Developing Dissemination and Implementation Capacity within a CTSA: A Toolkit

*Free registration is required to use the toolkits provided within HIPxChange. This information is required by our funders and is used to determine the impact of the materials posted on the website.


The NIH Clinical and Translational Science Award (CTSA) Program exists to help turn research from the lab, clinic, and community into interventions that improve the health of individuals and the public at large. The field of dissemination and implementation (D&I) has essentially the same goal. Building the D&I capacity of CTSA grantees can substantially further a CTSA’s mission.

The University of Wisconsin – Madison (UW) has been a NIH CTSA grantee (or hub) since 2007, with three consecutive awards. The UW hub, called the Institute for Clinical & Translational Research (ICTR), is one of 61 CTSA grantees nationwide. Within ICTR, the Community-Academic Partnerships program (ICTR-CAP) supports statewide multi-disciplinary, community-partnered research to solve problems in translating knowledge into improvements in clinical practice, community health programs, and health policy with the goal of improving human health and reducing health disparities. ICTR-CAP is organized as a federation of programs mobilized to support its mission. At present the ICTR-CAP federation includes 39 programs and centers across UW-Madison and Marshfield Clinic Research Institute, with about half of the federation partners receiving ICTR-CAP funds.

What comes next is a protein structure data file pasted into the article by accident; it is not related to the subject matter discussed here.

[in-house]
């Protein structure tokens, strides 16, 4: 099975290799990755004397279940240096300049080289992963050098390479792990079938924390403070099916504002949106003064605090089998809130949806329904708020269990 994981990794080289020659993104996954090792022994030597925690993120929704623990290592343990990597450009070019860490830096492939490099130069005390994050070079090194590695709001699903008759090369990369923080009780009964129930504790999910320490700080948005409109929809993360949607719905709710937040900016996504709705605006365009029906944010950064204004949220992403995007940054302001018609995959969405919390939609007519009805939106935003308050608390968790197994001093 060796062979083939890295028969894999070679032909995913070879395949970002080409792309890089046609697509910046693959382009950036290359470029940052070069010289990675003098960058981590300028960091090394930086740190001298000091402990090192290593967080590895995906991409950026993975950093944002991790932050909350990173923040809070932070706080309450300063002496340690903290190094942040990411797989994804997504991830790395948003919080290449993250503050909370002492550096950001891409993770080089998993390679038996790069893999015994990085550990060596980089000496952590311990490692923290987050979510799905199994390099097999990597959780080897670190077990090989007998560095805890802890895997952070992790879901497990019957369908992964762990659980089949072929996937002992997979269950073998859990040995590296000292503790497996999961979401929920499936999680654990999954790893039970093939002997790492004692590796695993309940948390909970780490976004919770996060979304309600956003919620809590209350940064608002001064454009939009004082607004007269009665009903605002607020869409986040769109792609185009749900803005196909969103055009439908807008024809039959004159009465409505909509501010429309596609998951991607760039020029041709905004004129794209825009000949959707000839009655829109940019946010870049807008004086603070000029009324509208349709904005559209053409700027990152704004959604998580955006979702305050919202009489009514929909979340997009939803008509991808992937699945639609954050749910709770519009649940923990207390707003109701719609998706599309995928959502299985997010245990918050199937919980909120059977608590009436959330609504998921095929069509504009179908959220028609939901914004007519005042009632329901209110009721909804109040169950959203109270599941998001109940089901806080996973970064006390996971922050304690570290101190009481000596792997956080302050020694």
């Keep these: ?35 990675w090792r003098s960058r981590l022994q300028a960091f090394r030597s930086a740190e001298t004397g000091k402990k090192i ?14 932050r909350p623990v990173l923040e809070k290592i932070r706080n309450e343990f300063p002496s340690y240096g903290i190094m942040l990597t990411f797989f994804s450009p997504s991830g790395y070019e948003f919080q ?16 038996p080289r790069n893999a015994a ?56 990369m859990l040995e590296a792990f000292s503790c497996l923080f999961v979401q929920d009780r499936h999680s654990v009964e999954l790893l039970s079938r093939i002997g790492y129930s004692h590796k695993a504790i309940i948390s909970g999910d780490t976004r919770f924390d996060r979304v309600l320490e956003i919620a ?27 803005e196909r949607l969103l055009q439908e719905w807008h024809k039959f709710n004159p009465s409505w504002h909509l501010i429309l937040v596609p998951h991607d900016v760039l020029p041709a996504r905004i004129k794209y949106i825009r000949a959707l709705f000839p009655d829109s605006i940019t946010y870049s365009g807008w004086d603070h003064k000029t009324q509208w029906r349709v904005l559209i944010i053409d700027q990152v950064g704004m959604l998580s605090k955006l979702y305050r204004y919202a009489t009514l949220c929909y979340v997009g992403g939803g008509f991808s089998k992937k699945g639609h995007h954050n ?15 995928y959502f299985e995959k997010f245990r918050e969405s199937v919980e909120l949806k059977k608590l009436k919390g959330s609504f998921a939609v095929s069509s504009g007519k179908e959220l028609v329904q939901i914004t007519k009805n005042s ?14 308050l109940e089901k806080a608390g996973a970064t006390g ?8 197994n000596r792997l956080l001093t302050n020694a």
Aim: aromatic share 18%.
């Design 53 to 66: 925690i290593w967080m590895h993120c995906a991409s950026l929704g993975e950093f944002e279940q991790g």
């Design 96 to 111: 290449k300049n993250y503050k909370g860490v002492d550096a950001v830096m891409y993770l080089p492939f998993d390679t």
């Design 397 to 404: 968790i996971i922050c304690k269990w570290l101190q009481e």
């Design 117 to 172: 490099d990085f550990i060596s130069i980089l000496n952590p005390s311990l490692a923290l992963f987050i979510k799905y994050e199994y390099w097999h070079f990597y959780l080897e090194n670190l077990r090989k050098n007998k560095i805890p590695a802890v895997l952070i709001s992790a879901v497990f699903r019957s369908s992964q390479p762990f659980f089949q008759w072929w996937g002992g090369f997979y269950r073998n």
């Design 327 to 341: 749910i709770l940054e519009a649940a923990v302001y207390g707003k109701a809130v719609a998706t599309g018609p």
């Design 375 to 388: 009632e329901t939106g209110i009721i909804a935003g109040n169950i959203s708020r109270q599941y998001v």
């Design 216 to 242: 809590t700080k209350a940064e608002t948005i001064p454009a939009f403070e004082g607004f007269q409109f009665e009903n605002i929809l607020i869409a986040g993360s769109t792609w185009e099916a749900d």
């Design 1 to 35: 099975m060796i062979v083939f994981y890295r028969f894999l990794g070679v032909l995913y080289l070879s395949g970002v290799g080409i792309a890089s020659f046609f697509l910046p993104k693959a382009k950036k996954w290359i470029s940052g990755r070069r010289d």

To prepare for the CTSA grant renewal application in 2011, ICTR-CAP engaged federation program leaders in a strategic planning activity to identify barriers to the dissemination and implementation of UW research. This activity revealed a gap in resources to support D&I, reducing the overall impact of research supported by the CTSA. The specific gaps identified during this process and the strategies to address them are described in this paper: Quanbeck A, Mahoney J, Kies, K, Judge K, Smith M. Building D&I capacity within a CTSA: a toolkit, The Journal of Clinical and Translational Research, forthcoming in 2020. In response to the identified needs, ICTR-CAP launched two separate cores in 2013, one focused on supporting D&I research, the other on supporting D&I activities. Because the work of the two cores was so closely related, they later merged into one that is now called the D&I Launchpad. Current D&I Launchpad services include education and training (e.g., the annual D&I short course); community outreach; research consulting; assistance in developing dissemination products and plans; and implementation support. More on D&I Launchpad resources here: